I will like to start by stating some of the factors that shaped Nigerians into what they are today. One of these factors is their diverse but unified cultures. Yes, Nigeria is estimated to have about 250 ethnic groups and 500 indigenous languages. Each of these ethnic groups has its own culture; but all these cultures speak with one voice. For example, no culture advocates laziness, stealing, kidnapping, killing and any other form of social vices. All Nigerian cultures value honesty, hard-work, resilience, preservation to human lives and so on.
Another thing that makes Nigerians unique is their religion. At least I can categorically say that the religions that exist in Nigeria encourage natives to be hardworking, honest and resilient. The religious organisations around here make it known to their various worshippers that each person will be held accountable for his live here on earth. This sort of information greatly influences the life of every average Nigerian because when someone grows up hearing so much about Hellfire for the bad and Heaven for the good, he will have no choice than to try to live a straight honest life.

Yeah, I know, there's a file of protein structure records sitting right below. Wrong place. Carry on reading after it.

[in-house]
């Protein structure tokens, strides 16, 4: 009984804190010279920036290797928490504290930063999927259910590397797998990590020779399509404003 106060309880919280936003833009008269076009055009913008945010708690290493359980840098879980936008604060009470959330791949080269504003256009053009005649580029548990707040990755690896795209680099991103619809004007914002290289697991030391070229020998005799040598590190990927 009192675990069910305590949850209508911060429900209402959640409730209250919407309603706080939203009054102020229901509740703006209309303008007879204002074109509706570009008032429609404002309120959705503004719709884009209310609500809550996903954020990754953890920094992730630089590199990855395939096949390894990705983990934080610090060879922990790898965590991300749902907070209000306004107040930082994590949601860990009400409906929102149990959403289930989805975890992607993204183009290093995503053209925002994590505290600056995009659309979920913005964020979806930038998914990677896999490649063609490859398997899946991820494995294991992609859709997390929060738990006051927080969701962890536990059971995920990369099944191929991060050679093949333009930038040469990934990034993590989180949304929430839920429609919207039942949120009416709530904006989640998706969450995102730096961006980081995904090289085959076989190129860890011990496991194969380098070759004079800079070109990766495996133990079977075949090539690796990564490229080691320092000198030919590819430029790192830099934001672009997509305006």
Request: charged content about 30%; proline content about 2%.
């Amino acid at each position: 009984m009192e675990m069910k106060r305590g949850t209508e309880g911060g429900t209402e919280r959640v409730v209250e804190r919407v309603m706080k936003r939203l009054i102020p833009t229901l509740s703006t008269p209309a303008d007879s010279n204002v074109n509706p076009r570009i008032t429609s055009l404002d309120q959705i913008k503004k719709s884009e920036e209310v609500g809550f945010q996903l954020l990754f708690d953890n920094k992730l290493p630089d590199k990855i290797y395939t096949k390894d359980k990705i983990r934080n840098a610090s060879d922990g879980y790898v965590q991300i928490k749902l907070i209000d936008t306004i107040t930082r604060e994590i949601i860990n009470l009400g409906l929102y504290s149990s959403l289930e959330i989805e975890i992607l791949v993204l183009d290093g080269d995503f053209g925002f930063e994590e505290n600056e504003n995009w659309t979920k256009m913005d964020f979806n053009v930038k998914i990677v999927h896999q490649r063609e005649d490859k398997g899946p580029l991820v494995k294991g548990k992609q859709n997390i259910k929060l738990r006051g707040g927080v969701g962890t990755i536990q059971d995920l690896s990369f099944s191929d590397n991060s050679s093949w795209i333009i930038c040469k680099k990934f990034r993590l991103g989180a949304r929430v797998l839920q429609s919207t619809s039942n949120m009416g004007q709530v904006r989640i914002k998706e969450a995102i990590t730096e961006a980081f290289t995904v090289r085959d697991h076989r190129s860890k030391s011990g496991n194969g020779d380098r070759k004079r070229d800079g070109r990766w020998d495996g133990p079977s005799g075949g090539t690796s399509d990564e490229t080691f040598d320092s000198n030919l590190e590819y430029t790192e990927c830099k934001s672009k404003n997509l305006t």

Parental upbringing is also worth mentioning here. Parents don’t want to raise children that will not be independent in the future. Most parents raise their children with the sole intension that their children will be there for them when they (the parents) grow old. This means that parents teach their children good morals and values that will see them through life challenges. Besides, Nigerian parents raise their children using ‘strong hand’; laziness is not accommodated in any Nigerian home.
Some people may look down on the education system of the country but they fail to realise the good this same system is doing them. The truth is that the stress and pains people pass through while in school helps them to be resilient – they don’t let their challenges and failures weigh them down because they have encountered similar situations at school.